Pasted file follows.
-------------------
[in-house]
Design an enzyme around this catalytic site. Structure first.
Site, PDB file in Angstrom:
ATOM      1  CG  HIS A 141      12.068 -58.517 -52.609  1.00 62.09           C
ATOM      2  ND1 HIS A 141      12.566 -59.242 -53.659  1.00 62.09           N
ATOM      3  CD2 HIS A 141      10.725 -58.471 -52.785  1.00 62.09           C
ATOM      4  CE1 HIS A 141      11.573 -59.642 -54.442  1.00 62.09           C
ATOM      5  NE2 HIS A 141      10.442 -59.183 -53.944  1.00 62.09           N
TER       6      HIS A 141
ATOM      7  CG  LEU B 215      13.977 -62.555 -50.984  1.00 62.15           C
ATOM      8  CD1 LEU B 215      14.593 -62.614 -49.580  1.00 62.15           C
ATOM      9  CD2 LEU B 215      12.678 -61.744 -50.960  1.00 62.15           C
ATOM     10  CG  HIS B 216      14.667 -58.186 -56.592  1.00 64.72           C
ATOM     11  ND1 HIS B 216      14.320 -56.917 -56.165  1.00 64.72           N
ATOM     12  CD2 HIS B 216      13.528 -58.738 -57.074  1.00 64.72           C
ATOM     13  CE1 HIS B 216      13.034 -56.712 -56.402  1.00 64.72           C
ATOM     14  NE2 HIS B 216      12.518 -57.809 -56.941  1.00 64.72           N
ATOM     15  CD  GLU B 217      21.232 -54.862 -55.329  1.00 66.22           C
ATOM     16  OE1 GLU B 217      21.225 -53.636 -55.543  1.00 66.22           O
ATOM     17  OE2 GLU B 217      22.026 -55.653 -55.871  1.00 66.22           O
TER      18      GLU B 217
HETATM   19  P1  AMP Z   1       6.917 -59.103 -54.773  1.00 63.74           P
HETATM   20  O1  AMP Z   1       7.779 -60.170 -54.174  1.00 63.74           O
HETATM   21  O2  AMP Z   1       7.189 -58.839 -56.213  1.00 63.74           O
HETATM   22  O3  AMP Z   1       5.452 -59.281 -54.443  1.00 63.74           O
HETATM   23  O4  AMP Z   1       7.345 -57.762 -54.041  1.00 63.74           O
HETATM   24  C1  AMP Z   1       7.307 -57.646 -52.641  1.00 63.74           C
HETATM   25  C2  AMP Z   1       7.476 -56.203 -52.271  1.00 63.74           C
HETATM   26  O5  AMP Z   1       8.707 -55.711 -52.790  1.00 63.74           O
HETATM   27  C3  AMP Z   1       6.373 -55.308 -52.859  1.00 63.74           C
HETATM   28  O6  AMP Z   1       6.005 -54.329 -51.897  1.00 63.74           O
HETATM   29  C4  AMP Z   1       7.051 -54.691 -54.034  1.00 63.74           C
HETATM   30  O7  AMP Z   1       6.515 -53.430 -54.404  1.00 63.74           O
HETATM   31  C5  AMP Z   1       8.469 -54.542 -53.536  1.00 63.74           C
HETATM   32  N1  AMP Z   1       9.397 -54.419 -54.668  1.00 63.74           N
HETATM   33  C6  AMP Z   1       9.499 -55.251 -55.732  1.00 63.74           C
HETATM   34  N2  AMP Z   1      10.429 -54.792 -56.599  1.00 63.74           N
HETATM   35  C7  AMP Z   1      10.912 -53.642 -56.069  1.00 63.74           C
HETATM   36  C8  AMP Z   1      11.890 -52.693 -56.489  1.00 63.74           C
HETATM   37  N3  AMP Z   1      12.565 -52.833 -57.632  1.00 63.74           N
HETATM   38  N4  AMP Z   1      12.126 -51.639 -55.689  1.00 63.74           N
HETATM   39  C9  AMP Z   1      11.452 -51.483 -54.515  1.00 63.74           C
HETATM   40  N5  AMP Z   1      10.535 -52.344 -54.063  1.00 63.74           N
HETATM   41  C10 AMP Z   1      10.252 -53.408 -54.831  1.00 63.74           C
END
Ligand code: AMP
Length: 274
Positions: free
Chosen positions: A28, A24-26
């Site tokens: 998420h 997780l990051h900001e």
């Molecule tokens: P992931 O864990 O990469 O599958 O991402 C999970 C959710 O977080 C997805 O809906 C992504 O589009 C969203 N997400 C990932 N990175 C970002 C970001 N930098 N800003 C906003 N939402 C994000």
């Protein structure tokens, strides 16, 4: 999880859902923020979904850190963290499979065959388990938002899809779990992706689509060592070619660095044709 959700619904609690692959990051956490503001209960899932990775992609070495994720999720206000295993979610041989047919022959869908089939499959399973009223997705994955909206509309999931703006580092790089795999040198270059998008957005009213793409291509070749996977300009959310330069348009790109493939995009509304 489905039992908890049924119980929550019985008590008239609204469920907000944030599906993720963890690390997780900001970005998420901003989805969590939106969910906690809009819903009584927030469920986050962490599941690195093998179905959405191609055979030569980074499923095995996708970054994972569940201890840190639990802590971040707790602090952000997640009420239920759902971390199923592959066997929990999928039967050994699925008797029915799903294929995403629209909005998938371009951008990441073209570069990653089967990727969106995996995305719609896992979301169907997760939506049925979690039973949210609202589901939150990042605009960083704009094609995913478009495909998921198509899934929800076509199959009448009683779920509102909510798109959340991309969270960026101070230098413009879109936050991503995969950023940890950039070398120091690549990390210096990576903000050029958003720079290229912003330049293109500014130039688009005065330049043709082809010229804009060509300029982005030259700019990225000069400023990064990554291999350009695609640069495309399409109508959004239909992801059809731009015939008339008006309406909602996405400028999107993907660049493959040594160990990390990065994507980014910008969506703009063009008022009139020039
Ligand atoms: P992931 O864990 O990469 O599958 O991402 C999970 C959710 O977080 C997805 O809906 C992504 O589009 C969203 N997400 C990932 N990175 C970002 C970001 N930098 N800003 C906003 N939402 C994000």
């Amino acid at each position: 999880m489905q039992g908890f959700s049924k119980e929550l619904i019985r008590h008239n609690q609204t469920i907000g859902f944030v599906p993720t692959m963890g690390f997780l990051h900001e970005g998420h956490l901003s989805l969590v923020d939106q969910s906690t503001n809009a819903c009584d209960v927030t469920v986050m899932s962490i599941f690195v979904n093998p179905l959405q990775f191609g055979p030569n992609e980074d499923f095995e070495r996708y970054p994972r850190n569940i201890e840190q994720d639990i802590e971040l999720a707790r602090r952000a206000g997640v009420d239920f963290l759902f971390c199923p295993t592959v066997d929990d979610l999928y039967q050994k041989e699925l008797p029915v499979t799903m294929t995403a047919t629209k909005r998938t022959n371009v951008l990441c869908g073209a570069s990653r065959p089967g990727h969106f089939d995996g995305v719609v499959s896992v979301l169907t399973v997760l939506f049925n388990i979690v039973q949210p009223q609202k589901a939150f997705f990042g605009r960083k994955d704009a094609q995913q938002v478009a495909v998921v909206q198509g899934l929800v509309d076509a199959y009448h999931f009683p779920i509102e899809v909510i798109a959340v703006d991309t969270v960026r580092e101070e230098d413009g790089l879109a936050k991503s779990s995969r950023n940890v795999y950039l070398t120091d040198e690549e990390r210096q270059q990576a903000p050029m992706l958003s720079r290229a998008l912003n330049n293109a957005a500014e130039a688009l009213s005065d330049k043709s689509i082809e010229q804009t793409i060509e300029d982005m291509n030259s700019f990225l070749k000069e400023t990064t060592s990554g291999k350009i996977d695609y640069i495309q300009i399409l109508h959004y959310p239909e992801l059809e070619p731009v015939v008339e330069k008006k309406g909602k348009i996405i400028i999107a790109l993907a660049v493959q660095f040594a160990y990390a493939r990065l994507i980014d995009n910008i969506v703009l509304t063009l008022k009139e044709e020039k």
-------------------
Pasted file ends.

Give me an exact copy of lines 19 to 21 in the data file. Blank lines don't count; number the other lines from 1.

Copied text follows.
ATOM     16  OE1 GLU B 217      21.225 -53.636 -55.543  1.00 66.22           O
ATOM     17  OE2 GLU B 217      22.026 -55.653 -55.871  1.00 66.22           O
TER      18      GLU B 217